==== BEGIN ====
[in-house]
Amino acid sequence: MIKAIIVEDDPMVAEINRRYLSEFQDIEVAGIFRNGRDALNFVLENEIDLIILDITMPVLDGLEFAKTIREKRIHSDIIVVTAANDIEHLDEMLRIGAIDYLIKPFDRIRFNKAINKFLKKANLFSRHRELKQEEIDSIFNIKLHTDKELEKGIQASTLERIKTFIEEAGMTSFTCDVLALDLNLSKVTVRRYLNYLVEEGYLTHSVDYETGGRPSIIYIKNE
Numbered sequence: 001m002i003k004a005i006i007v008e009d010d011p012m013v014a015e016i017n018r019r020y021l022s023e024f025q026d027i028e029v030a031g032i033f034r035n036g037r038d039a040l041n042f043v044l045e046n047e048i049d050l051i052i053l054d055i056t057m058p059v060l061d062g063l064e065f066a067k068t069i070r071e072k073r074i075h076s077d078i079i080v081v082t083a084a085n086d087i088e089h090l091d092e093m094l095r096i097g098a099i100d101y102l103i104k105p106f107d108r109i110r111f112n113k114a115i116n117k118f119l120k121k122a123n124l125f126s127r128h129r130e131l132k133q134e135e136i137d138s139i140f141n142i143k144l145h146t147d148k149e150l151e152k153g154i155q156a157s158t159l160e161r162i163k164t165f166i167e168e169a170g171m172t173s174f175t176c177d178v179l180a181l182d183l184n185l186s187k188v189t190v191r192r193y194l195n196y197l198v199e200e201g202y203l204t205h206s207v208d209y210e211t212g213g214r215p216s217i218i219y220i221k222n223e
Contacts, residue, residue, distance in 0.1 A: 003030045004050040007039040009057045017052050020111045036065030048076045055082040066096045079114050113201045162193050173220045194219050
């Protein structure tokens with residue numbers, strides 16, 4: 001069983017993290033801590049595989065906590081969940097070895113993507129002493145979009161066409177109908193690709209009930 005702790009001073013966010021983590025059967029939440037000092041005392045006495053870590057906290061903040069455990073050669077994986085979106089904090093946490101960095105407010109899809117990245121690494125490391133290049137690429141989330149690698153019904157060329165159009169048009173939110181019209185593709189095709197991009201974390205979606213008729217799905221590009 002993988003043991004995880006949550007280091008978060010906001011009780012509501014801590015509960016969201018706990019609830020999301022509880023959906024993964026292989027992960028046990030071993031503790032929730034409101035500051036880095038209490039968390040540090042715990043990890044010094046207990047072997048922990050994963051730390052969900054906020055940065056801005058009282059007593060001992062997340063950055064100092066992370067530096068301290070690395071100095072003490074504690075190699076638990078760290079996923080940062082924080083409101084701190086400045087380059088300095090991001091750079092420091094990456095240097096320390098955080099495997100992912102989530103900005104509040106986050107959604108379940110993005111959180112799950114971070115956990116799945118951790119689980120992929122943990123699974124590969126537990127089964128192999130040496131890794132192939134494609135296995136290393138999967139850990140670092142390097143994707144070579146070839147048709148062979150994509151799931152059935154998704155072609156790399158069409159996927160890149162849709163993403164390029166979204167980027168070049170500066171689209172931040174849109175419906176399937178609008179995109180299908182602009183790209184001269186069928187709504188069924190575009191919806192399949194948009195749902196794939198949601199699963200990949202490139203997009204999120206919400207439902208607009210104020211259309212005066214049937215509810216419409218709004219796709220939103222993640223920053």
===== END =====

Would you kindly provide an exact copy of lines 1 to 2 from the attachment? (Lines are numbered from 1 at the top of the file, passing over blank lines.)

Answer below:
[in-house]
Amino acid sequence: MIKAIIVEDDPMVAEINRRYLSEFQDIEVAGIFRNGRDALNFVLENEIDLIILDITMPVLDGLEFAKTIREKRIHSDIIVVTAANDIEHLDEMLRIGAIDYLIKPFDRIRFNKAINKFLKKANLFSRHRELKQEEIDSIFNIKLHTDKELEKGIQASTLERIKTFIEEAGMTSFTCDVLALDLNLSKVTVRRYLNYLVEEGYLTHSVDYETGGRPSIIYIKNE